Movie Review: The Ghoul (1933)
“From the Depths of the Earth, He Will Rise.”
The Ghoul (1933)
Director: T. Hayes Hunter
Cast: Boris Karloff, Cedric Hardwicke, Ernest Thesiger
Synopsis: An Egyptologist returns from the grave to reclaim the stolen jewel he believed would grant him eternal life.
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Loosely based on a 1928 novel by Frank King (and the play he subsequently co-penned with Leonard J. Hines), T. Hayes Hunter’s creaky chiller, The Ghoul, can lay claim to a number of firsts which lend it a level of distinction that’s greatly at odds with the quality of its material. Britain’s first horror movie of the sound era, it marked horror maestro Boris Karloff’s first appearance in a British movie as well as Ralph Richardson’s screen debut. It was long considered lost until film historian William K. Everson discovered an incomplete and subtitled nitrate release print while pottering around the Czech National Archives in Prague in the 1960s. More than 20 years later, workmen clearing a sound stage at Shepperton Studio found a locked door behind a stack of lumber which concealed a long-forgotten vault in which resided the original nitrate camera negative of The Ghoul in perfect condition.
It tells the story of Professor Morlant (a bushy-browed Boris Karloff – The Bells, The Black Cat), an Egyptologist dying from a rare disfiguring disease (which may or may not be responsible for those eyebrows) who believes that eternal life will be his if a rare stolen jewel that has come into his possession is bandaged to his hand when he dies. However, following the dead professor’s internment in a mausoleum on the grounds of his house, the jewel is stolen from his hand. Understandably miffed by this turn of events – he did, after all, warn of dire consequences if his dying wishes weren’t carried out – the disgruntled professor rises from the dead in order to locate the stolen jewel so that he can complete his journey to eternal life. And woe betide anyone who gets in his way, because death has bestowed superhuman strength upon the professor judging by the way he bends solid bars in order to gain entrance back into his old home.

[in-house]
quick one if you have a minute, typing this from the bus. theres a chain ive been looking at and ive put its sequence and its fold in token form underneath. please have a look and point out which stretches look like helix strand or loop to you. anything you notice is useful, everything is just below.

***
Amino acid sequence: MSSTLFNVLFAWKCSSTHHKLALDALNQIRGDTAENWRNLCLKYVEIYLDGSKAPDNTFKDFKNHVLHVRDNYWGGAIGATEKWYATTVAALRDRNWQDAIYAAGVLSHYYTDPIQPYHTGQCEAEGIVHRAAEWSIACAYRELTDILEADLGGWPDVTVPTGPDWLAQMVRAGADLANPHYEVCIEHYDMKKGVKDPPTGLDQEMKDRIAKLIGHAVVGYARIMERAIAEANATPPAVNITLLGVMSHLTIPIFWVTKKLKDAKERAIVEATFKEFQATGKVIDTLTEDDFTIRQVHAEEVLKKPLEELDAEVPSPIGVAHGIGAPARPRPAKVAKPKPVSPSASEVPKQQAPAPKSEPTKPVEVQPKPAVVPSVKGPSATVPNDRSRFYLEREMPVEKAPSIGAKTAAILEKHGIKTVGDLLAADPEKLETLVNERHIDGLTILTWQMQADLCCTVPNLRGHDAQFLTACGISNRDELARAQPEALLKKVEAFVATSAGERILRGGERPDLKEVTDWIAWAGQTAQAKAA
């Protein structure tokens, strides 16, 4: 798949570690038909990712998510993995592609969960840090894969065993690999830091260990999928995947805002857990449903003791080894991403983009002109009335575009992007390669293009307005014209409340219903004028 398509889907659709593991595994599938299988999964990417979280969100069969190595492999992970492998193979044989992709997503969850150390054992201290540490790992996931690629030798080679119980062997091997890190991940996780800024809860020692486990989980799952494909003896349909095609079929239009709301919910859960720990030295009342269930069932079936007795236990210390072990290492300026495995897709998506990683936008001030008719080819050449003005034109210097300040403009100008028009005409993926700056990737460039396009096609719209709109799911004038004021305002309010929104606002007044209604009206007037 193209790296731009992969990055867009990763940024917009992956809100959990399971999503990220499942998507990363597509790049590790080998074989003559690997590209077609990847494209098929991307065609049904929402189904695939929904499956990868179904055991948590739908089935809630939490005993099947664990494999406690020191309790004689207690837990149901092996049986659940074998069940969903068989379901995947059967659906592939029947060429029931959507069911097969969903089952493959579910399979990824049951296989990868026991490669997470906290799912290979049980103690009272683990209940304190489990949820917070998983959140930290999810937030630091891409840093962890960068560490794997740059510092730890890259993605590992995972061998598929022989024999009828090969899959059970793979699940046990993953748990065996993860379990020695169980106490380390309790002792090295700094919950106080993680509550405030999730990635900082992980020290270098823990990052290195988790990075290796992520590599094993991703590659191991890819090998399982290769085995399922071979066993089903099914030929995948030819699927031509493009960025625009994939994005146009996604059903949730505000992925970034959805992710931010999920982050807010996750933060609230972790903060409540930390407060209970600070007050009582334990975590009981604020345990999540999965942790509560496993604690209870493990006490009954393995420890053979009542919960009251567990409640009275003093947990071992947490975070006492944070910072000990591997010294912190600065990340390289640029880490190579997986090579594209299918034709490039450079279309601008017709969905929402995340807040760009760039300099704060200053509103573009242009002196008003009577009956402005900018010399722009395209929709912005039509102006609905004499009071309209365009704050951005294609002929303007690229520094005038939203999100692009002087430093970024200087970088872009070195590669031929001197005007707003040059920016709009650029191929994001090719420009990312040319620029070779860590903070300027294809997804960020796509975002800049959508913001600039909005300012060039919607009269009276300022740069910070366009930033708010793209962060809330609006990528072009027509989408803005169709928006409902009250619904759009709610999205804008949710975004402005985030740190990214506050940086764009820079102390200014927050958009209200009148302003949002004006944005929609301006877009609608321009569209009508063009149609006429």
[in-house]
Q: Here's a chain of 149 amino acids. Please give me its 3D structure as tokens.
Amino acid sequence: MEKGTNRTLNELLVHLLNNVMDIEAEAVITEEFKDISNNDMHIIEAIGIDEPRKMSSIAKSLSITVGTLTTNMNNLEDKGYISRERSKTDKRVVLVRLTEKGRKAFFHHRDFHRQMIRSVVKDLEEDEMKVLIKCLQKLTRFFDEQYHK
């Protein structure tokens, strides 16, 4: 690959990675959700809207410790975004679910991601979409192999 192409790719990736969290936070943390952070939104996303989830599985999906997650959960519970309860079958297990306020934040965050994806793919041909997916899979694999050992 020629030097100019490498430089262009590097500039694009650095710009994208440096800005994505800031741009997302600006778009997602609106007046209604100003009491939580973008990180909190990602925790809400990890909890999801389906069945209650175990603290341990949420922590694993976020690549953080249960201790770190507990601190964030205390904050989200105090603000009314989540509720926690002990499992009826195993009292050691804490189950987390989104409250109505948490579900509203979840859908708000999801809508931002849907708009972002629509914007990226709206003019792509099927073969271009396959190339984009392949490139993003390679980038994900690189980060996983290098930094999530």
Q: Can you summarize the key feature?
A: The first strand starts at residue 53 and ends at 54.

Even in 1933, the idea of a risen-from-the-dead Karloff stalking those who have wronged him was nothing new; it had been done the year before, in Karl Freund’s The Mummy, and the likelihood that Gaumont were attempting to cash in on that success, together with the craze for ‘old haunted house’ movies, is inescapable. Karloff isn’t even around for much of the picture, with his appearances bookending some dull shenanigans designed to ensure a suitable number of suspects and potential victims are gathered at Morlant’s house on the night that he returns from the dead.
Karloff delivers the goods, hamming it up for all he’s worth in his deathbed scenes, which are, in fact, the only ones in which he gets any lines to speak, and stalking his victims with a face like thunder. The rest of the cast features some impressive names – in addition to Ralph Richardson (Woman of Straw, The Bed Sitting Room) as a local vicar, there’s Cedric Hardwicke (The White Tower, The Desert Fox: The Story of Rommel) as Morlant’s grasping lawyer and Ernest Thesiger (The Robe) as his butler – all of whom struggle to rise above Rupert Downing’s dreary screenplay. Also be warned that, like many horror movies from way back when, The Ghoul features some excruciatingly unfunny comic relief, this time from Kathleen Harrison (Convict 99, Turn the Key Softly) as leading lady Dorothy Hyson’s best friend, a frustrated spinster who throws herself at Harold Huth’s sinister Arab with all the grace and subtlety a deeply frustrated spinster can muster.
The Ghoul was later remade as the ghastly 1961 comedy, What a Carve Up!.
(Reviewed 2nd January 2017)